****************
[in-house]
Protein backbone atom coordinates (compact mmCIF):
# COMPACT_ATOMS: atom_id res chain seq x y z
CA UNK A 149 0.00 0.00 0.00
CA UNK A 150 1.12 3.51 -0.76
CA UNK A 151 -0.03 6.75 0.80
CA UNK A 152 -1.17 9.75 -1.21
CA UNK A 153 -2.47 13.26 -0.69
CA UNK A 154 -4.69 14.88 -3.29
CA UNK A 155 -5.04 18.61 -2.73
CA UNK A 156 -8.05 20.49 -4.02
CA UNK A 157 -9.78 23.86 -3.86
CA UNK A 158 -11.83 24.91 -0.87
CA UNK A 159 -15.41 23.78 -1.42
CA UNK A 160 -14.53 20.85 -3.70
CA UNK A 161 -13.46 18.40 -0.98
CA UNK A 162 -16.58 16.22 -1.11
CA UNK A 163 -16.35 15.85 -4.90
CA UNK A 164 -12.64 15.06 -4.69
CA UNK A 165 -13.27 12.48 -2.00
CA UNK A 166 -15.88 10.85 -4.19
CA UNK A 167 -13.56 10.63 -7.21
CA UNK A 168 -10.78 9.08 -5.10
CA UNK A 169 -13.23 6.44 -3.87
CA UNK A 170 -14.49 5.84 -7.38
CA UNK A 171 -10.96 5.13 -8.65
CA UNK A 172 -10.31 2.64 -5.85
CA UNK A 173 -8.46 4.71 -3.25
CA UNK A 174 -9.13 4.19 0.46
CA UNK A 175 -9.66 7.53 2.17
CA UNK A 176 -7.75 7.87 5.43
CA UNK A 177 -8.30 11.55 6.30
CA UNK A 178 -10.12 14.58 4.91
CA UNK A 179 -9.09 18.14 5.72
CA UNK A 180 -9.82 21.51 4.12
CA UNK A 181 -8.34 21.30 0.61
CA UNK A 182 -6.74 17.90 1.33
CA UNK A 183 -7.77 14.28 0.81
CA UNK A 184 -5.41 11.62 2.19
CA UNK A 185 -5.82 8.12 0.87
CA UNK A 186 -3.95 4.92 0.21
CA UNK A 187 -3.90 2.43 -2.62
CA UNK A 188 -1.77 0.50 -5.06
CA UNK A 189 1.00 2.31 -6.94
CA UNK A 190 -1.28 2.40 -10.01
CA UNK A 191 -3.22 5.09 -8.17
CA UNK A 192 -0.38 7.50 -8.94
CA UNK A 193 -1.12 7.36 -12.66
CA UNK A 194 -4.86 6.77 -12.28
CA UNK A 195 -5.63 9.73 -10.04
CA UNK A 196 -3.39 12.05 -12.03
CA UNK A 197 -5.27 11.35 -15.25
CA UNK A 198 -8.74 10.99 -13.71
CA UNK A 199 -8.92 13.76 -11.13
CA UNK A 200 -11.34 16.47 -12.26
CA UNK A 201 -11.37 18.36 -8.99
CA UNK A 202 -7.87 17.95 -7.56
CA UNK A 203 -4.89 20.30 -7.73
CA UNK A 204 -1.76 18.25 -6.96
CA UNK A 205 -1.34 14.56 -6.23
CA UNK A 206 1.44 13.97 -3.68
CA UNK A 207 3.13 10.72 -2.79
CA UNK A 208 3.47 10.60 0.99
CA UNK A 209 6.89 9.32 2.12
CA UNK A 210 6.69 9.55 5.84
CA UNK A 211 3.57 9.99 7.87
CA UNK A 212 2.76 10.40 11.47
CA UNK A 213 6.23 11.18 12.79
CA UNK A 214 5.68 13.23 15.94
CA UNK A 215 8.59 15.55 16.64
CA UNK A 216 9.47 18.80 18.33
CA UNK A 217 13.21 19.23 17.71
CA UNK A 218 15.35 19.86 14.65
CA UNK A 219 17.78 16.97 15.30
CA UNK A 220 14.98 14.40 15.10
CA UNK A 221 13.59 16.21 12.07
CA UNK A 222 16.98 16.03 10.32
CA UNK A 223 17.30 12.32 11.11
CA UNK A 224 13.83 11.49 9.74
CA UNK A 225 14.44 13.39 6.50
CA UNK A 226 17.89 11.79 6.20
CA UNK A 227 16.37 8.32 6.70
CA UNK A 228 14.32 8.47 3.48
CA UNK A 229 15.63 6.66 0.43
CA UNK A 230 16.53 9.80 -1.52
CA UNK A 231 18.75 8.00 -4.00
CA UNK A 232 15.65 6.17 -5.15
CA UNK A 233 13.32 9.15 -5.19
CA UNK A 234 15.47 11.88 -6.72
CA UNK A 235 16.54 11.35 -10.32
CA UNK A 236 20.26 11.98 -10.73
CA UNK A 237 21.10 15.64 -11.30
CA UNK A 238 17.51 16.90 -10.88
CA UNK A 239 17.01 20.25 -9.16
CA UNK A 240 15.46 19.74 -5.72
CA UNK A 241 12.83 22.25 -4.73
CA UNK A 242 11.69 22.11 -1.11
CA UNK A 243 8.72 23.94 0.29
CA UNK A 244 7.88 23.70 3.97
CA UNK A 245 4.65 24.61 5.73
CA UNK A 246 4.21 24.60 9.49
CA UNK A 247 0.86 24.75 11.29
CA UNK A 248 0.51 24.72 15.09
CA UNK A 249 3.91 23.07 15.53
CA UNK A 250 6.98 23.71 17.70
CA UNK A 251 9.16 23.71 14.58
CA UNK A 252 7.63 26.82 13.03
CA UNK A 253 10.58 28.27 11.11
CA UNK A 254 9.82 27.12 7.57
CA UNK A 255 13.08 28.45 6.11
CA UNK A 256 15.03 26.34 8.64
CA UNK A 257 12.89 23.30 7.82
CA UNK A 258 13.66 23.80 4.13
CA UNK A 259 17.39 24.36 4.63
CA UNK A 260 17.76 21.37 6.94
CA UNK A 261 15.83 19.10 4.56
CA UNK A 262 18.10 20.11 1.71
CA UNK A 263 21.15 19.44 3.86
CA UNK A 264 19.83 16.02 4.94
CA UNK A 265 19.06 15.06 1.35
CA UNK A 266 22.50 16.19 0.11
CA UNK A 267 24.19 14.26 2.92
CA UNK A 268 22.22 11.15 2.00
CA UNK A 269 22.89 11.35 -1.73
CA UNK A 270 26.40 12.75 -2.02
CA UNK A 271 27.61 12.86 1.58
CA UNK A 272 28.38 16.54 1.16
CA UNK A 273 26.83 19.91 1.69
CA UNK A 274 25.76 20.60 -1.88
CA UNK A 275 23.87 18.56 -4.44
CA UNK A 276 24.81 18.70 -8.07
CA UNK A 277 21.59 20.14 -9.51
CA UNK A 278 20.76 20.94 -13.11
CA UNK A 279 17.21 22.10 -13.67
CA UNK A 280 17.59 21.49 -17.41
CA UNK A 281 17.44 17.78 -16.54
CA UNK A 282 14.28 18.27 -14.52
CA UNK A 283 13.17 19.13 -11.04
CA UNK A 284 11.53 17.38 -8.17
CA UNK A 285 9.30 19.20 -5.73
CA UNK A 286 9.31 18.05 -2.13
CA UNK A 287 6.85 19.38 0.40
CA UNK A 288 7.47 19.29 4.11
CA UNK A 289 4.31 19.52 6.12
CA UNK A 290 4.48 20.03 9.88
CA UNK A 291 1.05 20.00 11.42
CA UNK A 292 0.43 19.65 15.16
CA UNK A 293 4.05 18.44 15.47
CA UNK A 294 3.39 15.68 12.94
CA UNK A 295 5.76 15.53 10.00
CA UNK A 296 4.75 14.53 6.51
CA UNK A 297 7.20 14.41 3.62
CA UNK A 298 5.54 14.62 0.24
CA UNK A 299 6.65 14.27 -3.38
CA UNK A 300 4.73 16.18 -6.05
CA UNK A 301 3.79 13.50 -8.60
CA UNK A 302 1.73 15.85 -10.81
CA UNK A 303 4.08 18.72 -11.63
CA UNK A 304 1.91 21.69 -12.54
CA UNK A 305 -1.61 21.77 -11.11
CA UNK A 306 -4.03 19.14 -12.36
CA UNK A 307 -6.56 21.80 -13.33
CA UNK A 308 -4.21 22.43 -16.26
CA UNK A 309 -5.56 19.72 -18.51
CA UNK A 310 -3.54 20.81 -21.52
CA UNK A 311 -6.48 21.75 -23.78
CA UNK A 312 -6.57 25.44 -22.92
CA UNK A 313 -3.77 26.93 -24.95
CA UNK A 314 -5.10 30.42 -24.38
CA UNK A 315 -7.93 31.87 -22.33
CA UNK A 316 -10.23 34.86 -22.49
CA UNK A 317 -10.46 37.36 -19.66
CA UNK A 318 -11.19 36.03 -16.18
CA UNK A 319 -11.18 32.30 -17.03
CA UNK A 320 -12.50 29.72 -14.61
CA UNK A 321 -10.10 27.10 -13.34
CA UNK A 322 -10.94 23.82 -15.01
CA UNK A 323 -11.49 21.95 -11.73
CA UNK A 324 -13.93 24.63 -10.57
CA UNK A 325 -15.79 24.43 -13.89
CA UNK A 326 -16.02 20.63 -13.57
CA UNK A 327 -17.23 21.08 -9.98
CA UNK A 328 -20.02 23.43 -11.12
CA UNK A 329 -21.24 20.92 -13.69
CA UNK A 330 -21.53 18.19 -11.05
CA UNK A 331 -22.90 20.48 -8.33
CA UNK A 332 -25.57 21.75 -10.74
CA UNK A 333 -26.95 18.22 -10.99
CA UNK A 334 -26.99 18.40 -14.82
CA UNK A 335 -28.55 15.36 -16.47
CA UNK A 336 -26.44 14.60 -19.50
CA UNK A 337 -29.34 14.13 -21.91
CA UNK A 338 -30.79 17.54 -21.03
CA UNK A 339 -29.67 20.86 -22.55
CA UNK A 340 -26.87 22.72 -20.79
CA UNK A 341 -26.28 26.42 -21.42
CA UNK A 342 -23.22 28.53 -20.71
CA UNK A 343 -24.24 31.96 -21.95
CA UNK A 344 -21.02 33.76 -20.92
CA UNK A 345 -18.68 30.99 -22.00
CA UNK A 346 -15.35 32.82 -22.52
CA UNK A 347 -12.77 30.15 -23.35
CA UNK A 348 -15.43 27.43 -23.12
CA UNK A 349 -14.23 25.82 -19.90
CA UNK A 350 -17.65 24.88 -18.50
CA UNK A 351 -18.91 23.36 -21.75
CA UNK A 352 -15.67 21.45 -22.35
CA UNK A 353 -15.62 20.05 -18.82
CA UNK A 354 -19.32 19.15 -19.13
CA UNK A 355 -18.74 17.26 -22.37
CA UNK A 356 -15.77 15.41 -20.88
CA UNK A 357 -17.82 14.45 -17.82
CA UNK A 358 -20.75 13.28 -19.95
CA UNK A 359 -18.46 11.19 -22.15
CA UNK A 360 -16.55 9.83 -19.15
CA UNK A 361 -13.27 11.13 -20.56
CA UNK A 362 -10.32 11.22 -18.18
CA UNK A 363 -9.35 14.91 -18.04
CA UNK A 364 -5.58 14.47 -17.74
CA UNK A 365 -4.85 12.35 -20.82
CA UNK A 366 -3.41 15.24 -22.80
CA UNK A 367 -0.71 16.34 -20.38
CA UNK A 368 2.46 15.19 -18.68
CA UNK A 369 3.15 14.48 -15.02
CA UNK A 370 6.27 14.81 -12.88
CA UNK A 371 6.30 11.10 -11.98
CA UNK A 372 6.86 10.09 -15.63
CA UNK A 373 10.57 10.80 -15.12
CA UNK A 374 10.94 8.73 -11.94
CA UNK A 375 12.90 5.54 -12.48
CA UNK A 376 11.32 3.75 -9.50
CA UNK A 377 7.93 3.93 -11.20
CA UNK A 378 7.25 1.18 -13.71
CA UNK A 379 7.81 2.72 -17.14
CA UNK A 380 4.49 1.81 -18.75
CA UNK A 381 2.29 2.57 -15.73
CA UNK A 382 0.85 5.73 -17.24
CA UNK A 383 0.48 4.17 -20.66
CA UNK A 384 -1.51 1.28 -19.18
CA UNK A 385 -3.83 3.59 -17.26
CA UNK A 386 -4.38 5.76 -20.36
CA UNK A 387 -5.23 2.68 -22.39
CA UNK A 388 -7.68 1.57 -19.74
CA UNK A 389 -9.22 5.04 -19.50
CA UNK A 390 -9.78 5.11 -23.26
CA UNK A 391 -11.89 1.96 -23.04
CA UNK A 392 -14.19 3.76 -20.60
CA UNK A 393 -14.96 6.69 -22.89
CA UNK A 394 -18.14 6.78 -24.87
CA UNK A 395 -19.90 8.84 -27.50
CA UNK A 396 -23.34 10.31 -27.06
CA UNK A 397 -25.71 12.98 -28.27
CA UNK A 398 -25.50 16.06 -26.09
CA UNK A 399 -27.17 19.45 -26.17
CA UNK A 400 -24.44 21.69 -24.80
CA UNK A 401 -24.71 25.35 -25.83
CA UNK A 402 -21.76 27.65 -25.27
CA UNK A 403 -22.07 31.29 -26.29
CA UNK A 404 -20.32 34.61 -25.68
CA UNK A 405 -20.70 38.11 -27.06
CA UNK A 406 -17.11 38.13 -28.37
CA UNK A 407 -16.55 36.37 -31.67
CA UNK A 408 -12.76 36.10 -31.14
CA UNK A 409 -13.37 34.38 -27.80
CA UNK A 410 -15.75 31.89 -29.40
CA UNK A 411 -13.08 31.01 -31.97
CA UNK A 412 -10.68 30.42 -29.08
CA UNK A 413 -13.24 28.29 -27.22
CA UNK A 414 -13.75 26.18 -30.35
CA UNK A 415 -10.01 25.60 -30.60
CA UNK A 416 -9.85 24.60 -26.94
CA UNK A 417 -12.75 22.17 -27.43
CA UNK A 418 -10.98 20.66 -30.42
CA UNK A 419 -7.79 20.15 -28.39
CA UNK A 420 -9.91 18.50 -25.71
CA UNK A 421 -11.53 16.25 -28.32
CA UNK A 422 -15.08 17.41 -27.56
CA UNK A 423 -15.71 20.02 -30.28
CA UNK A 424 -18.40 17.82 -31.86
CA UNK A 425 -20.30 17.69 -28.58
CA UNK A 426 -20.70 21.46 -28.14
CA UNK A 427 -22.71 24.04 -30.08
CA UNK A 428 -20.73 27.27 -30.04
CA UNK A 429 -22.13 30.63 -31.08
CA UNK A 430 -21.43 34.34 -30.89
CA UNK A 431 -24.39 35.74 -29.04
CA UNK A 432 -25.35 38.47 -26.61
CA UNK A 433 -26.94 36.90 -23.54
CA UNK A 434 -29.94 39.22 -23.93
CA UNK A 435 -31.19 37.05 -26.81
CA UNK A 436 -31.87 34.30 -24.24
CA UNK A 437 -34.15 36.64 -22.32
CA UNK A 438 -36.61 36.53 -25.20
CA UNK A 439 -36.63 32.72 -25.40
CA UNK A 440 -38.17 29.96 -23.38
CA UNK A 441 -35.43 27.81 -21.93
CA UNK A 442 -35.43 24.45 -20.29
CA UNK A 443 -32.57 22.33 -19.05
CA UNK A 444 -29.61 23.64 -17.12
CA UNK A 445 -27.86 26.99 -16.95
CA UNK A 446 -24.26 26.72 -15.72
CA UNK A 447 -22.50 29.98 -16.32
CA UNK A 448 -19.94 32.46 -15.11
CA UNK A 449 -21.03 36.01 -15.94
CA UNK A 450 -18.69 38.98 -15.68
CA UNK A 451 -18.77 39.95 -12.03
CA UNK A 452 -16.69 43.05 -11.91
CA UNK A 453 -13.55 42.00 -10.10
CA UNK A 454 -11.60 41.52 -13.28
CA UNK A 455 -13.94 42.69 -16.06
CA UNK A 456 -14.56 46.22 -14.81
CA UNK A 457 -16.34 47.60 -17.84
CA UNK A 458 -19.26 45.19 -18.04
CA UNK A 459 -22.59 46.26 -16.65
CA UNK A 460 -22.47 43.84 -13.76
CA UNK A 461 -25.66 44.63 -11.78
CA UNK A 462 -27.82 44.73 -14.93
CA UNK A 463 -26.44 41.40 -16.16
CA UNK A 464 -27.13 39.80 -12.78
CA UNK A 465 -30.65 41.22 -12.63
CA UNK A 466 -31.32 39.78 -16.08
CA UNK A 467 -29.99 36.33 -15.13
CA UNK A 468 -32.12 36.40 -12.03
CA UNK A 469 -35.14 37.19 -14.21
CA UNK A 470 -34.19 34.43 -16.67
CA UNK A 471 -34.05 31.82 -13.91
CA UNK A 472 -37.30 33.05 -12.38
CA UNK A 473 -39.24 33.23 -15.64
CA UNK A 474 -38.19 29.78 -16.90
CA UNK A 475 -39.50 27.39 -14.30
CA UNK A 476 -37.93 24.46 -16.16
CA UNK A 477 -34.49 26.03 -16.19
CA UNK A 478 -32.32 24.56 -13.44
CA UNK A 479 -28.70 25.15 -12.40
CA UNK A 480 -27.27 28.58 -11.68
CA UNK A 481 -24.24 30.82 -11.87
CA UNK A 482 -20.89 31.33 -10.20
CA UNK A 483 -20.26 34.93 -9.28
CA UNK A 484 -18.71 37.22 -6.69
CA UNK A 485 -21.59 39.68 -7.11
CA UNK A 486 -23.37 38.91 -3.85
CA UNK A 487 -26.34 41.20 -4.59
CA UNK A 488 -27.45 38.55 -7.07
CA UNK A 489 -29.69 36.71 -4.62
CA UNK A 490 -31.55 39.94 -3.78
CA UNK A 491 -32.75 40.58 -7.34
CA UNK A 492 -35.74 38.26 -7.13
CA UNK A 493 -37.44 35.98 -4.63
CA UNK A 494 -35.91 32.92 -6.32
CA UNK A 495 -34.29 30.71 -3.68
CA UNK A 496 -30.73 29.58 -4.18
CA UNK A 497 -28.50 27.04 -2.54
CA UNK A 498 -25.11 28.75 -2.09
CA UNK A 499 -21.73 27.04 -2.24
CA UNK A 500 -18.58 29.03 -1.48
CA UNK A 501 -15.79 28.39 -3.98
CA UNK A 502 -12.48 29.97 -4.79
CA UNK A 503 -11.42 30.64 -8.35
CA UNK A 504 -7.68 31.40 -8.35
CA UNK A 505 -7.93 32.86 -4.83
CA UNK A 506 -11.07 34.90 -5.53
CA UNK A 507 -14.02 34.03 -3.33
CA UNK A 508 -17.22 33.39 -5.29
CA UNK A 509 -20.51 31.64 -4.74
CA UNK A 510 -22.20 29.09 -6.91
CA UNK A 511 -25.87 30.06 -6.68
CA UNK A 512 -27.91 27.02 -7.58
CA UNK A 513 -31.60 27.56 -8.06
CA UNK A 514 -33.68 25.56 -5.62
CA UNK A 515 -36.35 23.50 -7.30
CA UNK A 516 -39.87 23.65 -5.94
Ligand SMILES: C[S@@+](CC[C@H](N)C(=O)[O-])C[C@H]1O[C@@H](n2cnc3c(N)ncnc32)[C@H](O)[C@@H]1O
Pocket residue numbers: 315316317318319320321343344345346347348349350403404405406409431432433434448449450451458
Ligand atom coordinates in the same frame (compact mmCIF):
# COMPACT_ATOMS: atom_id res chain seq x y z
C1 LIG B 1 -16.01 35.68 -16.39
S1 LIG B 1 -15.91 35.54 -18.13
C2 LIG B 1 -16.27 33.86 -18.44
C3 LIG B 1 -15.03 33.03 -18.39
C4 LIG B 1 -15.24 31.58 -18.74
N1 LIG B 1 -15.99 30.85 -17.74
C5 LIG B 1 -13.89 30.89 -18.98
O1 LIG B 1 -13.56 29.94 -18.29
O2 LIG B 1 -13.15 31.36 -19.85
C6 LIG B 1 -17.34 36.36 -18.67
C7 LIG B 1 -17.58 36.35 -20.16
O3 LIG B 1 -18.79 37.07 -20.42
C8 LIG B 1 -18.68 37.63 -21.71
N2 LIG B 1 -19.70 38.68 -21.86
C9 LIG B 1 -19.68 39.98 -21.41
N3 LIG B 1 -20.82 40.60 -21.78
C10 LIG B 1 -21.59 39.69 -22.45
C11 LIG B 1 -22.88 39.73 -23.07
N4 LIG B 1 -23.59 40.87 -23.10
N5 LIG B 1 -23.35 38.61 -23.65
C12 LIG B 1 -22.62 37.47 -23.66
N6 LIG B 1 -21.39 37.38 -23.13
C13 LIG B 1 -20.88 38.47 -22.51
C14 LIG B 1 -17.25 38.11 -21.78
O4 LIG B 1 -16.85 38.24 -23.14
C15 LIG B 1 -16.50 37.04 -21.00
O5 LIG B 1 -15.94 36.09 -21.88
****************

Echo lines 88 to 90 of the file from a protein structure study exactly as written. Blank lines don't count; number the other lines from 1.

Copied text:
CA UNK A 233 13.32 9.15 -5.19
CA UNK A 234 15.47 11.88 -6.72
CA UNK A 235 16.54 11.35 -10.32